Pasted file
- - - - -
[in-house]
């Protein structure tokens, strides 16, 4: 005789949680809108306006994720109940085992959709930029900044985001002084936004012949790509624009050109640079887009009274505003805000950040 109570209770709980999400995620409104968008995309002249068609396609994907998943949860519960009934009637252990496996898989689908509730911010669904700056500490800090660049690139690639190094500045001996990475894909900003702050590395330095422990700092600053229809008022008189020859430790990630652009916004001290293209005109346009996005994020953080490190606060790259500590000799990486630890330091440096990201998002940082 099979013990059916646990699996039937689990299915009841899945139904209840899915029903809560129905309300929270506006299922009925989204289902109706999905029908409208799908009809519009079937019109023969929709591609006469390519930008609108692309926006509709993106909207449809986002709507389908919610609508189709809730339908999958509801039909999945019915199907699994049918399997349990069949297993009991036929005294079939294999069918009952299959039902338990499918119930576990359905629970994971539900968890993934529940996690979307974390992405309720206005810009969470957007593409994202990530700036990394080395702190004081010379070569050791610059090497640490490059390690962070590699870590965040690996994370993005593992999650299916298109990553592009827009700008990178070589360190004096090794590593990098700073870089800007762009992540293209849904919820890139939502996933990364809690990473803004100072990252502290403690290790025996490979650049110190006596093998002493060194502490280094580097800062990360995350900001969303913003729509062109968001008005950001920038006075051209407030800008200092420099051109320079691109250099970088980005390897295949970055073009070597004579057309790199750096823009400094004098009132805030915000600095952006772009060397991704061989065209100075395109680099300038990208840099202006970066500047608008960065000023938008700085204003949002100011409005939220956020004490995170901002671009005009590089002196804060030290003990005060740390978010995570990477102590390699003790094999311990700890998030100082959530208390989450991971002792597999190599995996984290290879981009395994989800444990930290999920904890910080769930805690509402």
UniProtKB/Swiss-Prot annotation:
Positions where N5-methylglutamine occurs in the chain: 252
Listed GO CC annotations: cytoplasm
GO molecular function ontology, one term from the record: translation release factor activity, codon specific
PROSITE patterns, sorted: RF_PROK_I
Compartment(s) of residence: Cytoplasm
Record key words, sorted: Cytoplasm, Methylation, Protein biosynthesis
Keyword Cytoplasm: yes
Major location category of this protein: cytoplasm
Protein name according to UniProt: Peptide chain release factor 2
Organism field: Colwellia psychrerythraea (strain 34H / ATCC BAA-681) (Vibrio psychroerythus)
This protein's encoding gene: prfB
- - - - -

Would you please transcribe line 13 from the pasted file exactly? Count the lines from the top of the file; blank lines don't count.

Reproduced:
Organism field: Colwellia psychrerythraea (strain 34H / ATCC BAA-681) (Vibrio psychroerythus)